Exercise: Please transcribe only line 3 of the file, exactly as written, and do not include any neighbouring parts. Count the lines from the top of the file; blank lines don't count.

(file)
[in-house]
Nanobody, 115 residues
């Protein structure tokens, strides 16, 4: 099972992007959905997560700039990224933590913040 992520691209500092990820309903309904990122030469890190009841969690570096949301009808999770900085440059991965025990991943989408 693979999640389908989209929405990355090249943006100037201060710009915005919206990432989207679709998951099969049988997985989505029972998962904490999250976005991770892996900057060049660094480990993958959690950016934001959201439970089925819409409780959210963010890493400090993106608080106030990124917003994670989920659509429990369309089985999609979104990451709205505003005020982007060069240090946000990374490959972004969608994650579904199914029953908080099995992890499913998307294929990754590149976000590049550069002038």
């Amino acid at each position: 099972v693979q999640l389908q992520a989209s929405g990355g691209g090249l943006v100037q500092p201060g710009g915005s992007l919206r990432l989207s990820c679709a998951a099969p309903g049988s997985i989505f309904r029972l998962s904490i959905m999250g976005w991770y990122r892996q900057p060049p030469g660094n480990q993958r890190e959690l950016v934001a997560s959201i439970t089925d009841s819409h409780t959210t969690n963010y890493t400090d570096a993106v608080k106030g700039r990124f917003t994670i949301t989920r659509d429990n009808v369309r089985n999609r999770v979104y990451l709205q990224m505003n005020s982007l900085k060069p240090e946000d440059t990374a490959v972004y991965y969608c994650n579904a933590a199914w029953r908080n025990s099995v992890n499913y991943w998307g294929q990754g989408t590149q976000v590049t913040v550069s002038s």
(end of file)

């Protein structure tokens, strides 16, 4: 099972992007959905997560700039990224933590913040 992520691209500092990820309903309904990122030469890190009841969690570096949301009808999770900085440059991965025990991943989408 693979999640389908989209929405990355090249943006100037201060710009915005919206990432989207679709998951099969049988997985989505029972998962904490999250976005991770892996900057060049660094480990993958959690950016934001959201439970089925819409409780959210963010890493400090993106608080106030990124917003994670989920659509429990369309089985999609979104990451709205505003005020982007060069240090946000990374490959972004969608994650579904199914029953908080099995992890499913998307294929990754590149976000590049550069002038």